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Craig Irwin of Roth Capital Partners said Apple tried to buy Tesla six years ago for a higher price than where the stock now trades.Technologyread more
The escalating trade war between China and the U.S. could increase pressure on the overall economy, according to Boston Fed President Eric Rosengren.The Fedread more
May outlined her new Brexit proposals which are being voted on by politicians next month.Europe Marketsread more
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Sales of existing U.S. homes fell 0.4% in April compared with March to a seasonally adjusted annualized rate of 5.19 million units, according to the National Association of...Real Estateread more
Japanese automakers say they generated more than 1.6 million jobs in the U.S. at manufacturing plants, dealerships and suppliers. Of those jobs, more than 94,000 people are...Autosread more
Morgan Stanley analysts said the reduction was driven by concerns around Chinese demand for Tesla products.Autosread more
This bull market has begun to act like one.
The indexes have cruised to new highs with low volatility and only shallow, fleeting dips. Riskier companies in tune with global growth have been market leaders – replacing the dividend cash cows favored a year ago. Smaller investors have belatedly started pouring cash into stock funds. We've even had a few trendy companies complete IPOs in the past month, with crackling first-day gains.
A headlong rush of corporate mergers and acquisitions would round out this picture of a late-cycle, high-metabolism market. And the conditions are firmly in place to see M&A surge as the year goes on.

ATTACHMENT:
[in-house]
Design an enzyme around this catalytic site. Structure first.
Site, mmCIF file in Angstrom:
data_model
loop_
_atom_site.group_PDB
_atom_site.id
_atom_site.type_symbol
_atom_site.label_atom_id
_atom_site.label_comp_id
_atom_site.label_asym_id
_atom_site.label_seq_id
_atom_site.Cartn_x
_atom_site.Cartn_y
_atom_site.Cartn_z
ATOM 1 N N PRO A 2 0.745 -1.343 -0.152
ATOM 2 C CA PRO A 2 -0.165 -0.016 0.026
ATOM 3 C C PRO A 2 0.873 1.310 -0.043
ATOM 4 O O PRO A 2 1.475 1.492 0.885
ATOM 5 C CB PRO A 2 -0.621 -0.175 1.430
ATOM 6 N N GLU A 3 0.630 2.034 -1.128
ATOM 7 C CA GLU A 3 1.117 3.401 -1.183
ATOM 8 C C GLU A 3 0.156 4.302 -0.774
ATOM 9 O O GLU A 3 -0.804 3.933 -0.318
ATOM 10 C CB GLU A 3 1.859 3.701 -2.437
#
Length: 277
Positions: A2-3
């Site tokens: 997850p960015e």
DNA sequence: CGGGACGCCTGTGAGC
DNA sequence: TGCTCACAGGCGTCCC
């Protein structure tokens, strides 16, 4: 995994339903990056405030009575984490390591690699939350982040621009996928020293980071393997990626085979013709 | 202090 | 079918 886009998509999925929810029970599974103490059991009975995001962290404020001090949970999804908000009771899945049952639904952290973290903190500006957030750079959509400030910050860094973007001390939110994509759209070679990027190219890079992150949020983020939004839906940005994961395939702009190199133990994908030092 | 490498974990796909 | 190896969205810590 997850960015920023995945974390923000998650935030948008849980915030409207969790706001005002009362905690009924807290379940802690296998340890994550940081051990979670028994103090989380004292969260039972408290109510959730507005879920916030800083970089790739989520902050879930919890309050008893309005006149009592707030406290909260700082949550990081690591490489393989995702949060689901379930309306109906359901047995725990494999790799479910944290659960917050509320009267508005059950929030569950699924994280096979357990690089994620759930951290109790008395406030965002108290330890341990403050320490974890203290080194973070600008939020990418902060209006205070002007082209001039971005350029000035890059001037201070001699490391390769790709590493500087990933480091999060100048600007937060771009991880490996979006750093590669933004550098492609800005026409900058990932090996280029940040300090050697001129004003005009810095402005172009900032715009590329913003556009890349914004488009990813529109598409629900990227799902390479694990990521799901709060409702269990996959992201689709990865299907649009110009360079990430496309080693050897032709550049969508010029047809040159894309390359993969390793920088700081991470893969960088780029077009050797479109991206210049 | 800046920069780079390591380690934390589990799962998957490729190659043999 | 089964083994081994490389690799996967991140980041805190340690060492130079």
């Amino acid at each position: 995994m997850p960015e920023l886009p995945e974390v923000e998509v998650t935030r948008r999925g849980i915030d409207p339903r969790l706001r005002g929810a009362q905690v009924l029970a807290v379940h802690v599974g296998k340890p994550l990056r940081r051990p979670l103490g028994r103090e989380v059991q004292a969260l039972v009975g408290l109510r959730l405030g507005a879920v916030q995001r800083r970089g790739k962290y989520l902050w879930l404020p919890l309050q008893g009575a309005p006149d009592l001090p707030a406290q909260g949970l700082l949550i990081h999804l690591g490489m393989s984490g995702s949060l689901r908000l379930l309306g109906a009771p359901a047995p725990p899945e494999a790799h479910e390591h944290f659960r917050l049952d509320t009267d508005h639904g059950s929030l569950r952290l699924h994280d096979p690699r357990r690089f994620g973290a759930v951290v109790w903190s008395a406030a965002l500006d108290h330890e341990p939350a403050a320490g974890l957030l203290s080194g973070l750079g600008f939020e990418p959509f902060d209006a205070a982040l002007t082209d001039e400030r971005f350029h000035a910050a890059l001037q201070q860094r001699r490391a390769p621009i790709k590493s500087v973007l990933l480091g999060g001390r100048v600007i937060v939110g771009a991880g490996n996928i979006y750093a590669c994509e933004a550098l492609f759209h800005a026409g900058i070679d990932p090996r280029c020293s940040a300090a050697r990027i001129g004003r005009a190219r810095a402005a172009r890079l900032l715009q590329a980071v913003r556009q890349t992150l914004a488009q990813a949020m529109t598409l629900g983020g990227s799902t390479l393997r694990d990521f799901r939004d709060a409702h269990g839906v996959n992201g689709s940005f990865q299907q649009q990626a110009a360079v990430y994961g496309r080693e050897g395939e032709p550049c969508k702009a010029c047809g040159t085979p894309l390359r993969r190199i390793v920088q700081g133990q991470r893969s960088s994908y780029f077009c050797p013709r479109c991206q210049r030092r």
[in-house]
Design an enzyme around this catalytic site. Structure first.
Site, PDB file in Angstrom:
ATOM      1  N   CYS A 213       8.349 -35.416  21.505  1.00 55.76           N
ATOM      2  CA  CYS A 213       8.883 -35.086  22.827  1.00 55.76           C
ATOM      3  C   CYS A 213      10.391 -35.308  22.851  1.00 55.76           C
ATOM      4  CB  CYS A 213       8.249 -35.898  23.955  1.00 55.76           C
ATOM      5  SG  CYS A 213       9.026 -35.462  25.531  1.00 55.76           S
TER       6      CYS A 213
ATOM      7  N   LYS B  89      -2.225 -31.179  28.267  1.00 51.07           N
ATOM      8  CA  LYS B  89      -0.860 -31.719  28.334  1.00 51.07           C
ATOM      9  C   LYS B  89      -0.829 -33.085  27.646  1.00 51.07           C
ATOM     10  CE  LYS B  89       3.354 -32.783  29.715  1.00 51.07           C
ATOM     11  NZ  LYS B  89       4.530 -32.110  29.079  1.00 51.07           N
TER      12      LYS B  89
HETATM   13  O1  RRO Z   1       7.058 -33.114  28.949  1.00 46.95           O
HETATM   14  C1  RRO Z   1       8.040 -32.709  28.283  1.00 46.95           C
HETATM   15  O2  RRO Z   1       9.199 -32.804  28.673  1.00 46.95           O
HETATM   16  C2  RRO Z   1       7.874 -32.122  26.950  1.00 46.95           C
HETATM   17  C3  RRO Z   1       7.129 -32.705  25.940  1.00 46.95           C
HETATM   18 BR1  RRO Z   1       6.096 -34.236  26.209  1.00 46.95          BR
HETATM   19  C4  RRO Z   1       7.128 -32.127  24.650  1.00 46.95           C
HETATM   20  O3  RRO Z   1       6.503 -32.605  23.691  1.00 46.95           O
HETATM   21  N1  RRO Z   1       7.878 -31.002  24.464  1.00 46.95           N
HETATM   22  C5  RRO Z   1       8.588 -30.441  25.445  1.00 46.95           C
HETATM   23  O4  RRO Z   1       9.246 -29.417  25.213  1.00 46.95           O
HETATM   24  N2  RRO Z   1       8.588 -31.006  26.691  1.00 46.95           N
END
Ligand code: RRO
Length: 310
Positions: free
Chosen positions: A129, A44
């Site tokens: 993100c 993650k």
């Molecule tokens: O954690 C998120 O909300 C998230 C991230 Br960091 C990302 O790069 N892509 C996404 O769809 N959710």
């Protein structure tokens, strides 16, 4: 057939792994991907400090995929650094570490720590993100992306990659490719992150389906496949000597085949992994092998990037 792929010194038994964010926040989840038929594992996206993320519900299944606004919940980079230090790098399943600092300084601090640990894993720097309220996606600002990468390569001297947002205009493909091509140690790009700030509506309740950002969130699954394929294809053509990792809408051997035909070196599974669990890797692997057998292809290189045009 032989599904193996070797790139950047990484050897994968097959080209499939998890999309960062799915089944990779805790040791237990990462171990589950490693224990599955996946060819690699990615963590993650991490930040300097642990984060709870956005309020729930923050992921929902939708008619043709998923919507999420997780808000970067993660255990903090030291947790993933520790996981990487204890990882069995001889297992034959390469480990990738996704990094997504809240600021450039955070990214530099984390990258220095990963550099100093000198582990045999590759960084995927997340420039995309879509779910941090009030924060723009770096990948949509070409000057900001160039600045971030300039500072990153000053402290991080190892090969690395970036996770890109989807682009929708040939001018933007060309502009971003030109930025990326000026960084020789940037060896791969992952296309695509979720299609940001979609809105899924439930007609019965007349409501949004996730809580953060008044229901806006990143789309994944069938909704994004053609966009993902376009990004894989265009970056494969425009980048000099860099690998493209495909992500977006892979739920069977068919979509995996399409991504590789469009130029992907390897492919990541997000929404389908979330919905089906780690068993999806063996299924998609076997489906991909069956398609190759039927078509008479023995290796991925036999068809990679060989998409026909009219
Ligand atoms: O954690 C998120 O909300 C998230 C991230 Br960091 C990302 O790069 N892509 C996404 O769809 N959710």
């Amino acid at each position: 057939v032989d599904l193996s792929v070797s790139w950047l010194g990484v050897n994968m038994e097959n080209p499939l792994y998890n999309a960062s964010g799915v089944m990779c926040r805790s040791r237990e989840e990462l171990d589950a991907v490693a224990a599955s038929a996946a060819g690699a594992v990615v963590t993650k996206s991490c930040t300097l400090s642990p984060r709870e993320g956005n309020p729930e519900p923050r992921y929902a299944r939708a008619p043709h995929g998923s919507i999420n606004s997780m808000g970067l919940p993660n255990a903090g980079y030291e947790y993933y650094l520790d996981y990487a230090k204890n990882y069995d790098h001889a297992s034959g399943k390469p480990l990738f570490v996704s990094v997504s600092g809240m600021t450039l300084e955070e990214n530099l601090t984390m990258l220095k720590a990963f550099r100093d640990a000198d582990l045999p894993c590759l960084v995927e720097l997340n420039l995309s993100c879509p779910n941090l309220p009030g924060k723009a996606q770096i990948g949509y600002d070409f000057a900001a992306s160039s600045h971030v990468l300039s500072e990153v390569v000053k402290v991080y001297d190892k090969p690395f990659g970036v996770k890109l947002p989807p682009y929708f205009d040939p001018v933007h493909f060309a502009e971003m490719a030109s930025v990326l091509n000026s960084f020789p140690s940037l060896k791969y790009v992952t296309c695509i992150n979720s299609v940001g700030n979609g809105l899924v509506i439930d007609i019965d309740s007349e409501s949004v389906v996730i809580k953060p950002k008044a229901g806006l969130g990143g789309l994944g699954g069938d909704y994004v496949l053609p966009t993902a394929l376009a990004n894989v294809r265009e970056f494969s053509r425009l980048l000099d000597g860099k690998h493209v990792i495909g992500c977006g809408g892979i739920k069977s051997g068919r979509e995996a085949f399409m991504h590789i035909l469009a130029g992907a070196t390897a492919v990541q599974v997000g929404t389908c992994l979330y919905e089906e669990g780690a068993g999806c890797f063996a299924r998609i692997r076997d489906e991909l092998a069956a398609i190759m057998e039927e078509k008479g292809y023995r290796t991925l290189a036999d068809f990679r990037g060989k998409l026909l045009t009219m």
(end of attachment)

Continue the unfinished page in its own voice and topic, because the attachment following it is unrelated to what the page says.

While deal activity has been fairly busy the past few years – with global volume exceeding $4 trillion in 2016 for the first time since 2007 - it's nowhere near as frenzied as one would expect at this point given the level of stock prices or length of the economic expansion.
Global M&A volume last year relative to worldwide gross domestic product or worldwide equity market value was a bit over 5 percent in 2016. That's below the long-term average, about half the level of the frenzied deal-making peak of the year 2000, and substantially below the somewhat less wild M&A crescendo in 2007.
CEO spirits are high, as well – another key ingredient of corporate coupling. The Business Roundtable's CEO confidence gauge, reported last week, rose more last quarter than in any period since the end of the Great Recession.
Financing conditions are profoundly favorable, too, with still-low government-debt rates but, more importantly, very low risk spreads on corporate debt and a pliant market for newly issued corporate paper.
The recent upturn in global economic activity should arguably have executives and boards thinking about playing more offense than defense.
Importantly, too, the market in recent years has looked kindly on companies that make acquisitions. Analysis by Credit Suisse shows that the average one-day gain in an acquirer's share price last year was nearly 4 percent, and has been far better than the long-term average response during this entire M&A cycle, which the bank views as having started in 2014. This could partly be because the average premium paid has been below that of prior cycles, too – suggesting perhaps that middling deal volumes and upbeat investor reception are partly a matter of more disciplined acquirers.
Putting several of these factors together, analyst Jeffrey Harte of Sandler O'Neill Partners says, "We believe we can make a relatively conservative case for double-digit annual volume growth in 2017 and 2018."